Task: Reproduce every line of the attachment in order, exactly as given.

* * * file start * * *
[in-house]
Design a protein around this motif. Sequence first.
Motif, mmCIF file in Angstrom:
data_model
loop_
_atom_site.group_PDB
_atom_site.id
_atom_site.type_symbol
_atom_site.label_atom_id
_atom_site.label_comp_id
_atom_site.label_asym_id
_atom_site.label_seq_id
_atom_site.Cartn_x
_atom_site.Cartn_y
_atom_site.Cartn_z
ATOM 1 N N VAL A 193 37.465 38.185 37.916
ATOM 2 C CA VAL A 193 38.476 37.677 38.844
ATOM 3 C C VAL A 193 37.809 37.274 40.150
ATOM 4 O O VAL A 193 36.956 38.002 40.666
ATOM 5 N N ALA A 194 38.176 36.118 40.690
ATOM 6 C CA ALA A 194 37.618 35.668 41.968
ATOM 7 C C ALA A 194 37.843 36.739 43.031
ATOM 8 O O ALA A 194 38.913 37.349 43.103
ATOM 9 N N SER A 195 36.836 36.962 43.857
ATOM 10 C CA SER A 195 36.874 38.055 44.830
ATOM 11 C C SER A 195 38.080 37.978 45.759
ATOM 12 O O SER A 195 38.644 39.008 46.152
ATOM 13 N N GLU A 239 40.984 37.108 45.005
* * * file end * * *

[in-house]
Design a protein around this motif. Sequence first.
Motif, mmCIF file in Angstrom:
data_model
loop_
_atom_site.group_PDB
_atom_site.id
_atom_site.type_symbol
_atom_site.label_atom_id
_atom_site.label_comp_id
_atom_site.label_asym_id
_atom_site.label_seq_id
_atom_site.Cartn_x
_atom_site.Cartn_y
_atom_site.Cartn_z
ATOM 1 N N VAL A 193 37.465 38.185 37.916
ATOM 2 C CA VAL A 193 38.476 37.677 38.844
ATOM 3 C C VAL A 193 37.809 37.274 40.150
ATOM 4 O O VAL A 193 36.956 38.002 40.666
ATOM 5 N N ALA A 194 38.176 36.118 40.690
ATOM 6 C CA ALA A 194 37.618 35.668 41.968
ATOM 7 C C ALA A 194 37.843 36.739 43.031
ATOM 8 O O ALA A 194 38.913 37.349 43.103
ATOM 9 N N SER A 195 36.836 36.962 43.857
ATOM 10 C CA SER A 195 36.874 38.055 44.830
ATOM 11 C C SER A 195 38.080 37.978 45.759
ATOM 12 O O SER A 195 38.644 39.008 46.152
ATOM 13 N N GLU A 239 40.984 37.108 45.005